BA said it expected to dispose of the shareholding at a premium to the $400m it paid in 1993. In accordance with the terms of the original agreement, BA has offered to sell the shares back to USAir but neither airline would disclose the price.
The decision to terminate the relationship with USAir heightened speculation that BA would accept the undertakings tied to approval for the alliance with American, principally that the two carriers surrender 168 take-off and landing slots at Heathrow to rival airlines.
Bob Ayling, chief executive of BA, said BA had taken the USAir decision with regret but he added that such a move had become inevitable. "It would clearly be unwise to pursue an alliance with an unwilling partner. Provided a sale can be achieved at an acceptable price, I intend to bring our relationship with USAir to a close."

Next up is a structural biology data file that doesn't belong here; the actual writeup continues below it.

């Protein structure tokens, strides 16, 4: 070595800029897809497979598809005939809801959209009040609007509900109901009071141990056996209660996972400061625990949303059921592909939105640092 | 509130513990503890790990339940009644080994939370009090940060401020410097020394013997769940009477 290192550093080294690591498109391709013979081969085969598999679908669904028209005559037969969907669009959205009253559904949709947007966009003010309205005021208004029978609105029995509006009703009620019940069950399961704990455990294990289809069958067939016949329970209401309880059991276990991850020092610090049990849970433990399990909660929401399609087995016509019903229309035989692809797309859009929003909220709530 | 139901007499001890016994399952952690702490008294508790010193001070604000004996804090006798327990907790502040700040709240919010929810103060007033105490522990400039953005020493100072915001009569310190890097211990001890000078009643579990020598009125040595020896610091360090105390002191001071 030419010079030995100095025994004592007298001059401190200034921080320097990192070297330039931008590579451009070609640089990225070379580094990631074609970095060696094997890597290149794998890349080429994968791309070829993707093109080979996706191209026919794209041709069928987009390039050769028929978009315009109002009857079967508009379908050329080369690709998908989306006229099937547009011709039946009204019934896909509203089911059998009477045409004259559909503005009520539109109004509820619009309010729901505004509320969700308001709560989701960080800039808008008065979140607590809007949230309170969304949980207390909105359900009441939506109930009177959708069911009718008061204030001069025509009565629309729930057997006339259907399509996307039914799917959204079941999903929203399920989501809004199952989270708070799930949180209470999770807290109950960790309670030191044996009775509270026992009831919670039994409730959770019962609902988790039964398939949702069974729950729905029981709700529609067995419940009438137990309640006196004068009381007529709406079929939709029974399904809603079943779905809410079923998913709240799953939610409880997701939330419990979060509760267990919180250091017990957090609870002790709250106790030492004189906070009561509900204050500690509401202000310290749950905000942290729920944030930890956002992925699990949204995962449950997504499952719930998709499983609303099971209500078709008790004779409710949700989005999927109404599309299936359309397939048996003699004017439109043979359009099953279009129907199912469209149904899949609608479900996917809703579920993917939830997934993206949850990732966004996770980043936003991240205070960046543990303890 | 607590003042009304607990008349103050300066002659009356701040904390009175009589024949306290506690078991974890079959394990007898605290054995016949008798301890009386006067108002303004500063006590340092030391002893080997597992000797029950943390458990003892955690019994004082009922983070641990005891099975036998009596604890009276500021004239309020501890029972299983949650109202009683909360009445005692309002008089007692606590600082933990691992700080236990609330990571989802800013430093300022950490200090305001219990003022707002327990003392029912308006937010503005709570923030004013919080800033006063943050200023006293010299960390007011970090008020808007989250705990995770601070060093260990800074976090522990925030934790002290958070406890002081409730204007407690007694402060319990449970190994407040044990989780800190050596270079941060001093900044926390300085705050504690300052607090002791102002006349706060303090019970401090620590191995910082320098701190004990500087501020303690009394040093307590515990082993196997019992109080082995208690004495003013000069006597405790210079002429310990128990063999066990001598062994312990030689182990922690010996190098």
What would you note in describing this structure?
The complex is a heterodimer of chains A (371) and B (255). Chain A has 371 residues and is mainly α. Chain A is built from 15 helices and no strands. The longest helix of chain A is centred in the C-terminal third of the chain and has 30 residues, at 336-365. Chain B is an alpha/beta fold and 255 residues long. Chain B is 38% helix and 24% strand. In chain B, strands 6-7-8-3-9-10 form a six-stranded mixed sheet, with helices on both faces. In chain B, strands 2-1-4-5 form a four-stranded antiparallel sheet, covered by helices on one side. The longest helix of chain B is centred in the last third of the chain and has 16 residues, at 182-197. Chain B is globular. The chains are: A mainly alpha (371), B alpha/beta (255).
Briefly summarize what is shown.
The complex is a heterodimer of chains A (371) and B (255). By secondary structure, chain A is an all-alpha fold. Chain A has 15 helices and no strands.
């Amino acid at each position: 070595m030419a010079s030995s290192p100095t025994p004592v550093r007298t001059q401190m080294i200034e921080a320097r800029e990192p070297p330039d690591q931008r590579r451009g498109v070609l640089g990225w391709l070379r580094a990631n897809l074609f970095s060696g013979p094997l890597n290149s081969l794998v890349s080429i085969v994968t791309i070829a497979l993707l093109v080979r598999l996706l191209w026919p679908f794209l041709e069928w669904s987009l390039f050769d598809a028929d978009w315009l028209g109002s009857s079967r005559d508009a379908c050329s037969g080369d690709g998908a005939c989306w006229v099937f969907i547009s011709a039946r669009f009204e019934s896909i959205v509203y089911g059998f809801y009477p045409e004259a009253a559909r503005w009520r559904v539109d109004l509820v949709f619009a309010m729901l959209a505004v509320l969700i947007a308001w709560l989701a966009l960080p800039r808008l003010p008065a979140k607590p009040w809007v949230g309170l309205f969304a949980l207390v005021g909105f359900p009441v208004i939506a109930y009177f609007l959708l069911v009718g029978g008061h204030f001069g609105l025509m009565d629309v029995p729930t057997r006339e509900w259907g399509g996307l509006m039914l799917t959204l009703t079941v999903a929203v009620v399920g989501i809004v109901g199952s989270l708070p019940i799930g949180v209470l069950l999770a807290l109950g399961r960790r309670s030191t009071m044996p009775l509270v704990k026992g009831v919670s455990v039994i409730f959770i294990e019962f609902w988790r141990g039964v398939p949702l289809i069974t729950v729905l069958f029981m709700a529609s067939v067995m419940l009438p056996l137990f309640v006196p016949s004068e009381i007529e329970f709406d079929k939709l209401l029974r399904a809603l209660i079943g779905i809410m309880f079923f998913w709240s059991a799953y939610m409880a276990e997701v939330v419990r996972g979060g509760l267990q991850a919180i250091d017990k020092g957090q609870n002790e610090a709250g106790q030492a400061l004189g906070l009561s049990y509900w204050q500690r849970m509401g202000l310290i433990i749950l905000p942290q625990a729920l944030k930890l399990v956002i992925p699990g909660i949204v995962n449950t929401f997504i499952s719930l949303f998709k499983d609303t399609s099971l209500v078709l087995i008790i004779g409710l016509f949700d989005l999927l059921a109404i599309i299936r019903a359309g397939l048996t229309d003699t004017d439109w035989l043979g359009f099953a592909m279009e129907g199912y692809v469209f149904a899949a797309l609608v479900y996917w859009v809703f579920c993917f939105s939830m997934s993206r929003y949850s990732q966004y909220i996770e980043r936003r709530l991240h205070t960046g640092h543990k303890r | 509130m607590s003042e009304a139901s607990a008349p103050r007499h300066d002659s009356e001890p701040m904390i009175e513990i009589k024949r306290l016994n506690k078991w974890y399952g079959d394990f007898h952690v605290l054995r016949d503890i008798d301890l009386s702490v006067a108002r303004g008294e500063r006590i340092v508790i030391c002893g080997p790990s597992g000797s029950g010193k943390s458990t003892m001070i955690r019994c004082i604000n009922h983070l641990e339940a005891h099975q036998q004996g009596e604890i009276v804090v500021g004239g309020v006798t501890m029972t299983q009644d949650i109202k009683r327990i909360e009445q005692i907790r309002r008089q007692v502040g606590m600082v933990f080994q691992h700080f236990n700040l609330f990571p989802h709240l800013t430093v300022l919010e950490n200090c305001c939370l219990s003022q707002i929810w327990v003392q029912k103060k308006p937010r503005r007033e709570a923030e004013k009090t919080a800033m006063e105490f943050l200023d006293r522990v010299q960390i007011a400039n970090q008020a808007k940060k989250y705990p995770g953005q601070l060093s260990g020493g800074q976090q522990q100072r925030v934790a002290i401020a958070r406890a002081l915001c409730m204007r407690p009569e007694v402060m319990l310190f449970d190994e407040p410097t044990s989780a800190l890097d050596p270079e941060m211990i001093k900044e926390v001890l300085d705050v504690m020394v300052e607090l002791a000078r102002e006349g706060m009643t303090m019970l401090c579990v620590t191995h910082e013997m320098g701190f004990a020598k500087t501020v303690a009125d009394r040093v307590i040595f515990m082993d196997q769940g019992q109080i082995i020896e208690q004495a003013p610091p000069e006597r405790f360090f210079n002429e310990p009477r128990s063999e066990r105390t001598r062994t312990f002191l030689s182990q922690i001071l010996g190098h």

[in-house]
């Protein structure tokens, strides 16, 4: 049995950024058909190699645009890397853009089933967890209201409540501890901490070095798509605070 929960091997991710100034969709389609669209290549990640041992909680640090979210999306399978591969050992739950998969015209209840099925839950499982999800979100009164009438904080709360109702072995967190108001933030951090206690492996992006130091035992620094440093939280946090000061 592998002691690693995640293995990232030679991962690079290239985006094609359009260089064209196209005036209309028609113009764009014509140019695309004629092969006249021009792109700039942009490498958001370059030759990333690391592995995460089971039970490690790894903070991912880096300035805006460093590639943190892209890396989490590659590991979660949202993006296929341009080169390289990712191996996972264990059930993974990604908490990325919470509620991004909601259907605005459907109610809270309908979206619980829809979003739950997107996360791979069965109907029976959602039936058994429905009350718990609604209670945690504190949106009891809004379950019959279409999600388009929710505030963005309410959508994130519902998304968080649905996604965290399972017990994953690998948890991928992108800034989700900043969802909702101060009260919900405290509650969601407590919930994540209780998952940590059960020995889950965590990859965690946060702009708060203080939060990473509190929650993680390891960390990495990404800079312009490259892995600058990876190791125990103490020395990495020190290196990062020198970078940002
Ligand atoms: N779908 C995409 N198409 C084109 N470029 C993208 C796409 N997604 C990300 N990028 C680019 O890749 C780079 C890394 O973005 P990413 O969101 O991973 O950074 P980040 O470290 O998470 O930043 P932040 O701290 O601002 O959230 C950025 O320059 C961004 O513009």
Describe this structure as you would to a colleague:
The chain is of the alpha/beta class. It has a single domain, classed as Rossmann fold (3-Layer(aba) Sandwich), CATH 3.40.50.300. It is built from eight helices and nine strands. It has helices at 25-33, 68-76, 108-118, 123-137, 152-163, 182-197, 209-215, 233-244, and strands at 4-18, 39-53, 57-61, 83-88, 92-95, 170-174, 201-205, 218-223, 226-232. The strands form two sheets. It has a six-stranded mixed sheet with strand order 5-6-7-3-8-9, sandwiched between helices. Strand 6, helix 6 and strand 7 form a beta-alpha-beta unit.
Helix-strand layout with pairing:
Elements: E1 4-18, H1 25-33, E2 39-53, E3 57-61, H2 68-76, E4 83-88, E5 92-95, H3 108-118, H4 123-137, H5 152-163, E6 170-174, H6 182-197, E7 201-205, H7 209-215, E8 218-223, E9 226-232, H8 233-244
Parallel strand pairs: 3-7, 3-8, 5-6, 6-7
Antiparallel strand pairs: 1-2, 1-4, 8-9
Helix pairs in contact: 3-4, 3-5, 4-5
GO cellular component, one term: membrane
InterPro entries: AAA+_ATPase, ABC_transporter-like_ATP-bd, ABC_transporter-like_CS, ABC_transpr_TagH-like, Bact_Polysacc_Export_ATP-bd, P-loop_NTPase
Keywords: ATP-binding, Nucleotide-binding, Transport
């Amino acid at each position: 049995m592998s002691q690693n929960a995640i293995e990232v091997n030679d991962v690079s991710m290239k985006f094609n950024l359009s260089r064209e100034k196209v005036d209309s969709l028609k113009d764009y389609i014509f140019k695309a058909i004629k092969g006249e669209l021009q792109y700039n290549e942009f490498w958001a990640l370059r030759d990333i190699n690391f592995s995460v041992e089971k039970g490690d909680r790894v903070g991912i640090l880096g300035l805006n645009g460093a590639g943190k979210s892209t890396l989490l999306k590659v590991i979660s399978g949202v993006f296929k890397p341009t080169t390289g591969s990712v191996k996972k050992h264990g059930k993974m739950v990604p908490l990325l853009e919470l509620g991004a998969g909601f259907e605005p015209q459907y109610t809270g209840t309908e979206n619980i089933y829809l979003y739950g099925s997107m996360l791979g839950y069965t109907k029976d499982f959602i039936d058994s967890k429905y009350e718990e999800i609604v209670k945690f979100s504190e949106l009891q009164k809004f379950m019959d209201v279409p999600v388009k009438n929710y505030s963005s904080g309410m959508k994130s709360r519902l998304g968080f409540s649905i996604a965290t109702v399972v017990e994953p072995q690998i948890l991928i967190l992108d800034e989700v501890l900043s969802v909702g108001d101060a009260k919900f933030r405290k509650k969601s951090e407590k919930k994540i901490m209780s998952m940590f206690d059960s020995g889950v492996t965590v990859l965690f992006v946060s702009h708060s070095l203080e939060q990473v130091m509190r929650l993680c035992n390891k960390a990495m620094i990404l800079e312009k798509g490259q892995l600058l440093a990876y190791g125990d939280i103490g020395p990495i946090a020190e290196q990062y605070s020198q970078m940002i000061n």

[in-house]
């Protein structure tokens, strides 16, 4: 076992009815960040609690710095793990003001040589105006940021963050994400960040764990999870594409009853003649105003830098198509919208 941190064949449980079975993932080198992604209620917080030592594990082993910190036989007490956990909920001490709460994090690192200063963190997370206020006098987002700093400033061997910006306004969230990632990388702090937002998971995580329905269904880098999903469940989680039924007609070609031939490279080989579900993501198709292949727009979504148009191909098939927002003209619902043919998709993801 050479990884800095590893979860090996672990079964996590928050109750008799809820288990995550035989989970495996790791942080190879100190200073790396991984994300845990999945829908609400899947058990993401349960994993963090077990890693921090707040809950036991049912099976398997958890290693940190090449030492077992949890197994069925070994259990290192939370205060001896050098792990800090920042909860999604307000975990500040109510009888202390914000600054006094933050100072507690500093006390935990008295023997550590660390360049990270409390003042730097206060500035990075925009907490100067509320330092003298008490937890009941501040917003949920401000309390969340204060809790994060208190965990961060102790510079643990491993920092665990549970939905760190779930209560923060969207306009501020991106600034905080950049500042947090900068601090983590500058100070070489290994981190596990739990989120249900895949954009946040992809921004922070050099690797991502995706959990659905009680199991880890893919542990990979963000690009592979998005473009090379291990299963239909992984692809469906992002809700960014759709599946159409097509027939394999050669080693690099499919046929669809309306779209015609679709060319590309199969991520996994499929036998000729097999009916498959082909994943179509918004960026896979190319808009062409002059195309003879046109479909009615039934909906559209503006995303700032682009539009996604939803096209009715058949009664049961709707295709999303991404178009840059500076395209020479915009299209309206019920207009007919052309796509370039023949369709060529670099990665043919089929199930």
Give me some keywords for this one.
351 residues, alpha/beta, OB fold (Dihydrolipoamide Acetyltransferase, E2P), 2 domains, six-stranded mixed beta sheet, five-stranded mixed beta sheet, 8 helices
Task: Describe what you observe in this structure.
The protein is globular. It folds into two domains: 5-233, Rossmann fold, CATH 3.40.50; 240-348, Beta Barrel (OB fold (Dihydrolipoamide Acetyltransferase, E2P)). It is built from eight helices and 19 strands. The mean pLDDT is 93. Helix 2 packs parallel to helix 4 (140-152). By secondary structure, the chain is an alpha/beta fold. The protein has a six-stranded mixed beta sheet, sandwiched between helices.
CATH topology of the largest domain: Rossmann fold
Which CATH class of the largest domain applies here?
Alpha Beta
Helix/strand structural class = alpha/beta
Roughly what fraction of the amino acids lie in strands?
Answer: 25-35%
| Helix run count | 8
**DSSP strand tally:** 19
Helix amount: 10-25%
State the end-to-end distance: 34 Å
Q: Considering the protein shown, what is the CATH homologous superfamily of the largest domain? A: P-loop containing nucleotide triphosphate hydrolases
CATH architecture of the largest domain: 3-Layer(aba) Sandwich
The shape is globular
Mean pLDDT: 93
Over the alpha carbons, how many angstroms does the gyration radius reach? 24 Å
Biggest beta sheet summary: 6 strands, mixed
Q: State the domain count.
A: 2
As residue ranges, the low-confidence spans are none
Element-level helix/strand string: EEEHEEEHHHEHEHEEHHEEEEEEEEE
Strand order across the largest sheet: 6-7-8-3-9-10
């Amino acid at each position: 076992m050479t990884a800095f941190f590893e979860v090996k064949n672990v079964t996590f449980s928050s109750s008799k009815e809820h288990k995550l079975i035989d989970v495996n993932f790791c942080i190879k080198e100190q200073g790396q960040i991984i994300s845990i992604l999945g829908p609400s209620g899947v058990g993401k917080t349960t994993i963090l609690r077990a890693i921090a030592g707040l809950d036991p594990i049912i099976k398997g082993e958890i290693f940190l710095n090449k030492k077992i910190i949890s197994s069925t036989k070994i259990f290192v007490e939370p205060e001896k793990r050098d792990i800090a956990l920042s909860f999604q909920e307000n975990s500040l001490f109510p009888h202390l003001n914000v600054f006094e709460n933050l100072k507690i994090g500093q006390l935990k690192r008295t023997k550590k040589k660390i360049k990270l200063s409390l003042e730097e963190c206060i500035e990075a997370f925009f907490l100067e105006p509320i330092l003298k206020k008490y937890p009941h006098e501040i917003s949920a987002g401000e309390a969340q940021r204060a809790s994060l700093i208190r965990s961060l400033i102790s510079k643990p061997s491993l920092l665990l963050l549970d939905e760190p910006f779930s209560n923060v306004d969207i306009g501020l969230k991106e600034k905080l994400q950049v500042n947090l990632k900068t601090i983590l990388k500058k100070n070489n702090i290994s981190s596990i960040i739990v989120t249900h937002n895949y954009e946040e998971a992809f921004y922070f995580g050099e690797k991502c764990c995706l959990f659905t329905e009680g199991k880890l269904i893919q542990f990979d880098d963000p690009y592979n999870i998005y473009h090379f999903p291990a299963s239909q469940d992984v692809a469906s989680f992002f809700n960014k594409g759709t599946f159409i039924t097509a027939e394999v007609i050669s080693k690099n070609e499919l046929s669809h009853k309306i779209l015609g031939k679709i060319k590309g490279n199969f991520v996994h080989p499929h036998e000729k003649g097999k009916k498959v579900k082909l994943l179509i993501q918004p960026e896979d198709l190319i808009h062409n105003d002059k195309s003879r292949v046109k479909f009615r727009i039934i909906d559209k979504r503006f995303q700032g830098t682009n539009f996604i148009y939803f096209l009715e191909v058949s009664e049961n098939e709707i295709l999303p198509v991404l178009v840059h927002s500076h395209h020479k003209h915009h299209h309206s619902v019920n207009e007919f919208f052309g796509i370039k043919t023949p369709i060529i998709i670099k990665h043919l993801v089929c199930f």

Although USAir is suing BA and American in the US courts, alleging that the alliance breaches anti-trust rules, Mr Ayling said this had not sparked the decision to sell the stake. He said BA believed the action to be "groundless".
USAir welcomed the announcement, describing it as an important first step in its attempts to become an independent, effective competitor at Heathrow airport. A spokesman said USAir would continue to pursue its lawsuit against BA and American.
Industry observers suggested BA would seek to raise about $500m from its stake of various classes of untraded preferred stock. If converted into ordinary stock it would be equal to 19.3 million shares. USAir shares were trading at $22.13 yesterday. When BA made its investment, they were valued at $15. USAir has 60 days to decide whether to accept BA's offer.Reuse content